The generalized name for mathematical objects that consist of multi-dimensional arrays of numbers. A scalar (what most of us know as "number") is a tensor of rank 0, a vector is a tensor of rank 1, a matrix is a tensor of rank 2, and so forth.

Many people get very confused when they first start dealing with tensors, partly because they've been told that they are "like" scalars, vectors and matrices, and because they think they know what these things - in some sense - are. The notion of a difference between covariant and contravariant vectors (for example) will thus completely confuse them.

While reading this writeup, please bear in mind that tensors are defined by what they do, not what they are.

Having said that, I can now define what a tensor is.


The structure of a tensor can be described by two things: its rank and its type.


If you think of a tensor as an grid-like array of elements, then the rank describes the number of dimensions the array possesses. For example, this could represent a rank 2 tensor:

      a11  a12  a13 ... 
      a21  a22  a23 ... 
Aij = a31  a32  a33 ... 
      .    .    .   . 
      .    .    .    . 
      .    .    .     .

because it's a 2-dimensional array; the elements are arranged in two directions. Geddit? A rank 3 tensor could have its elements arranged in a cube, and so on. Note that tensors are usually defined over a space with n dimensions; this number n gives the size of the array in every direction (I've just used dots to show the array extending arbitrarily above). A rank 2 tensor in a 3-dimensional space would be a 3-by-3 grid, for example.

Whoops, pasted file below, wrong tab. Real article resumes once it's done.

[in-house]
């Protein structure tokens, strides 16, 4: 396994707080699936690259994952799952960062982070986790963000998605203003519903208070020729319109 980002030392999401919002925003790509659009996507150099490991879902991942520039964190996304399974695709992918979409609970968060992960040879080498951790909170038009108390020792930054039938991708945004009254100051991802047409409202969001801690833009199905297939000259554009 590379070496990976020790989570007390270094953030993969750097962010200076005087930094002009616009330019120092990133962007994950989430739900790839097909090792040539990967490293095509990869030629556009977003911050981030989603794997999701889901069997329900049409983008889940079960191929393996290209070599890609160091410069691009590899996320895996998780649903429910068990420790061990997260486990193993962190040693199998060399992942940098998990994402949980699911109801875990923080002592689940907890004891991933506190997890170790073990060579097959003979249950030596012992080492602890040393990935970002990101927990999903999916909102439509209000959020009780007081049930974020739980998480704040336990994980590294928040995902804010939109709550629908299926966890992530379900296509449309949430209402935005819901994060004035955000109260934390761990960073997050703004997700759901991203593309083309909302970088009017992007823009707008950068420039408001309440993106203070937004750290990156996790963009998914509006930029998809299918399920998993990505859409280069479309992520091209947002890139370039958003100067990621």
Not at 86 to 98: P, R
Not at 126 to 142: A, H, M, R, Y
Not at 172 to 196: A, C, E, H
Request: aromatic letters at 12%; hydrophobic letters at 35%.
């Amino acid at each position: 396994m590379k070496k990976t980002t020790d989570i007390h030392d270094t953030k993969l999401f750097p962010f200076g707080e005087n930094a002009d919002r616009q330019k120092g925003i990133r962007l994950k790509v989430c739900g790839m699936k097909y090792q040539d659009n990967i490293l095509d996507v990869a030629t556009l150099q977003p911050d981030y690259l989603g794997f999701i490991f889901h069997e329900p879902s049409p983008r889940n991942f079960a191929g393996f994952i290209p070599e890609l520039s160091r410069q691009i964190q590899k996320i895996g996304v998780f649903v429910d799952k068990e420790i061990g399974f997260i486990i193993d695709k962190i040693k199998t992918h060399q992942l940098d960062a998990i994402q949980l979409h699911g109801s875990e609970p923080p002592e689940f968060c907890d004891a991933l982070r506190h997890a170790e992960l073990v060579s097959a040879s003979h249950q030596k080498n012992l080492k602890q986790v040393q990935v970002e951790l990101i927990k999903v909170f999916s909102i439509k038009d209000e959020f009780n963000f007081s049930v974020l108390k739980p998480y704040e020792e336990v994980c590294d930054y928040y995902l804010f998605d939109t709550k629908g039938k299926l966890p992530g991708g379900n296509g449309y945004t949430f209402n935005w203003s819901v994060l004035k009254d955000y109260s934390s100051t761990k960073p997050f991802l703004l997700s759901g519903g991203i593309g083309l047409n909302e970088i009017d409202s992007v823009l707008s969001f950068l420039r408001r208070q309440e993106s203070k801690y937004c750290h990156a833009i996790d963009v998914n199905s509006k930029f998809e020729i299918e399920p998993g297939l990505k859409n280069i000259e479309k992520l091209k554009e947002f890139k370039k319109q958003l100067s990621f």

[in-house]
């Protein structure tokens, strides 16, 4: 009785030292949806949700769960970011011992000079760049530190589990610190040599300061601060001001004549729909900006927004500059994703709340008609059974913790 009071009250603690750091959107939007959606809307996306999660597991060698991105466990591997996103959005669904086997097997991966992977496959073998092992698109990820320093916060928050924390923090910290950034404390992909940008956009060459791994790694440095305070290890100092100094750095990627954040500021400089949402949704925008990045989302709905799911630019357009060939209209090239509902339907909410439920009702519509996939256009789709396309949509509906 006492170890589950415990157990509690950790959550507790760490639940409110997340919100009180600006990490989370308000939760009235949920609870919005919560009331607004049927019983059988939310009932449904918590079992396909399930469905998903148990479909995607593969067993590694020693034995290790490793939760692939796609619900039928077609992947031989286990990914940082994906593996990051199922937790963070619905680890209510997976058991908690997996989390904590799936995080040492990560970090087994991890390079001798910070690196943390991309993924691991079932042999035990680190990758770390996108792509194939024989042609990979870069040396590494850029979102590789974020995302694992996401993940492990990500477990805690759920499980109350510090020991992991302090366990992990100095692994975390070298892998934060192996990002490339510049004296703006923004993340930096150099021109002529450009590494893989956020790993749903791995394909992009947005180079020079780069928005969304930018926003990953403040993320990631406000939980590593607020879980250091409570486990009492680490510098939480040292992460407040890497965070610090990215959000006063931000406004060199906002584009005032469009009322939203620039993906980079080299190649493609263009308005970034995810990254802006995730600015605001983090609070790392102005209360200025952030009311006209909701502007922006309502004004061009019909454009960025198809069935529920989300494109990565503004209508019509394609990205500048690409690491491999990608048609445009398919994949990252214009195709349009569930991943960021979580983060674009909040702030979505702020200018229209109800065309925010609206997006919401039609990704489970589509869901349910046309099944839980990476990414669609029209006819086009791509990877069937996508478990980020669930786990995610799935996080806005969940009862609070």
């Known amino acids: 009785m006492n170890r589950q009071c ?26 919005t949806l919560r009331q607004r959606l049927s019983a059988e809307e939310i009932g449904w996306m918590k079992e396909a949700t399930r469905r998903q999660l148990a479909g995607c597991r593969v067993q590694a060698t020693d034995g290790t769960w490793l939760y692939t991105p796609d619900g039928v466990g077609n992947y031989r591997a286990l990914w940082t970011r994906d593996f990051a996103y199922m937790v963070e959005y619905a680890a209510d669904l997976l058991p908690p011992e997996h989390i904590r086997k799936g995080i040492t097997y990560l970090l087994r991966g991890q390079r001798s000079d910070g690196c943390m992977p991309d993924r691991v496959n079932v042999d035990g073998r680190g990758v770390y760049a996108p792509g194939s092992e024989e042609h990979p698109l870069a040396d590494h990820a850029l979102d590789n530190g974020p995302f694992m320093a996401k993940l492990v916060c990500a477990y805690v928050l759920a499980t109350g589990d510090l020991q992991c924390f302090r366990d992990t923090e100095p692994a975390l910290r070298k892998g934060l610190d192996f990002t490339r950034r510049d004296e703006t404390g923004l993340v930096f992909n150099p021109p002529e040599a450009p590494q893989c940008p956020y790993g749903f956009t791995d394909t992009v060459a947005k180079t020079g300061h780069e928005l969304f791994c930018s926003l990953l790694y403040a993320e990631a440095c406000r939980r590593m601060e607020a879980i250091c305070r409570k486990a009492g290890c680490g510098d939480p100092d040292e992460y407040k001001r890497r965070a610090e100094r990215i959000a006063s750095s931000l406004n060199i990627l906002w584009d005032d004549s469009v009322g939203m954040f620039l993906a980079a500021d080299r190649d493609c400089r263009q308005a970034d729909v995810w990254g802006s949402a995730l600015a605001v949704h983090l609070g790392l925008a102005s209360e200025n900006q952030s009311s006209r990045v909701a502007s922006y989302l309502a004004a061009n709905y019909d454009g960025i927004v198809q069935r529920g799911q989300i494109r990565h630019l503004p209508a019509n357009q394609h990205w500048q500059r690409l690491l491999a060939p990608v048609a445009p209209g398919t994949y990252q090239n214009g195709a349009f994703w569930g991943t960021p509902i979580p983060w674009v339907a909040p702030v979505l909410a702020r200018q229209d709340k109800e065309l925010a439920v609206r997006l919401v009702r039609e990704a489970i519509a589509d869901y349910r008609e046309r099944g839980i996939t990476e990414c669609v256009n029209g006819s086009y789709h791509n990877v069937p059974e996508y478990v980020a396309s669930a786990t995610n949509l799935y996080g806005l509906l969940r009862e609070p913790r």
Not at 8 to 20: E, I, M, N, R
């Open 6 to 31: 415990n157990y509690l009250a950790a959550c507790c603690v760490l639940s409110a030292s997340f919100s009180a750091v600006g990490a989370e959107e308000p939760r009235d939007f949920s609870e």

That wasn't too painful now, was it?


This is a bit more tricky. You saw in the example that we could locate any given element by means of its indices; i and j above. For obvious reasons (and practically by definition) a rank n tensor will have n indices. However, it turns out that these indices can behave in two different ways. We call those of one type contravariant indices (I'll define what that means later), and those of the other type covariant indices. The contravariant ones are written as superscripts, the covariant as subscripts; for this reason, they're often referred to as "upper" and "lower" indices, respectively. Thus, a tensor with one contravariant (upper) and two covariant (lower) indices would be written as Aijk.

What does this have to do with type? Well, the type of a tensor is an ordered pair of numbers which state how many of each index it has. For example, Aijk has type (1,2), and a general tensor with r contravariant indices and s covariant ones has type (r,s).

Of course, type makes rank redundant since a tensor of type (r,s) will necessarily have rank r+s.